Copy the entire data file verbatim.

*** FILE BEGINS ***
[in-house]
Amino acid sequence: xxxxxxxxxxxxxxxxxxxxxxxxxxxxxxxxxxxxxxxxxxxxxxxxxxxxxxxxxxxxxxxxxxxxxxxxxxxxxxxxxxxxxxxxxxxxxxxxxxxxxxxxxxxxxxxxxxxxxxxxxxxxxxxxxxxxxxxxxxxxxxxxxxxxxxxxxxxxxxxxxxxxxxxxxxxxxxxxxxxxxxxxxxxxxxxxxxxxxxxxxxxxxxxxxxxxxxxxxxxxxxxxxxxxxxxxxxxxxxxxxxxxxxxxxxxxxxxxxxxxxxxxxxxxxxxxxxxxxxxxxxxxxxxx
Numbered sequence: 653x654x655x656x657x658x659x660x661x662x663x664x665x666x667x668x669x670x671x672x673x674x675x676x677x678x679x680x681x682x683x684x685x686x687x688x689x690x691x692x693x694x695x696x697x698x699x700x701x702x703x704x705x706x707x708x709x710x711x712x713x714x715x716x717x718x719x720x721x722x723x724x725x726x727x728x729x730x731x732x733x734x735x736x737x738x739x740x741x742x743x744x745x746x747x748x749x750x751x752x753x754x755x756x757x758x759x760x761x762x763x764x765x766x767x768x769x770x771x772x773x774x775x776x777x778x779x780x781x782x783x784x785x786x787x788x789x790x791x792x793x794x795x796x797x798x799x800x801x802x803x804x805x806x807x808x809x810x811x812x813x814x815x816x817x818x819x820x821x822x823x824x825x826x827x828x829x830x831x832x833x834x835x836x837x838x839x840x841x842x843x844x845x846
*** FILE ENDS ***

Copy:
[in-house]
Amino acid sequence: xxxxxxxxxxxxxxxxxxxxxxxxxxxxxxxxxxxxxxxxxxxxxxxxxxxxxxxxxxxxxxxxxxxxxxxxxxxxxxxxxxxxxxxxxxxxxxxxxxxxxxxxxxxxxxxxxxxxxxxxxxxxxxxxxxxxxxxxxxxxxxxxxxxxxxxxxxxxxxxxxxxxxxxxxxxxxxxxxxxxxxxxxxxxxxxxxxxxxxxxxxxxxxxxxxxxxxxxxxxxxxxxxxxxxxxxxxxxxxxxxxxxxxxxxxxxxxxxxxxxxxxxxxxxxxxxxxxxxxxxxxxxxxxx
Numbered sequence: 653x654x655x656x657x658x659x660x661x662x663x664x665x666x667x668x669x670x671x672x673x674x675x676x677x678x679x680x681x682x683x684x685x686x687x688x689x690x691x692x693x694x695x696x697x698x699x700x701x702x703x704x705x706x707x708x709x710x711x712x713x714x715x716x717x718x719x720x721x722x723x724x725x726x727x728x729x730x731x732x733x734x735x736x737x738x739x740x741x742x743x744x745x746x747x748x749x750x751x752x753x754x755x756x757x758x759x760x761x762x763x764x765x766x767x768x769x770x771x772x773x774x775x776x777x778x779x780x781x782x783x784x785x786x787x788x789x790x791x792x793x794x795x796x797x798x799x800x801x802x803x804x805x806x807x808x809x810x811x812x813x814x815x816x817x818x819x820x821x822x823x824x825x826x827x828x829x830x831x832x833x834x835x836x837x838x839x840x841x842x843x844x845x846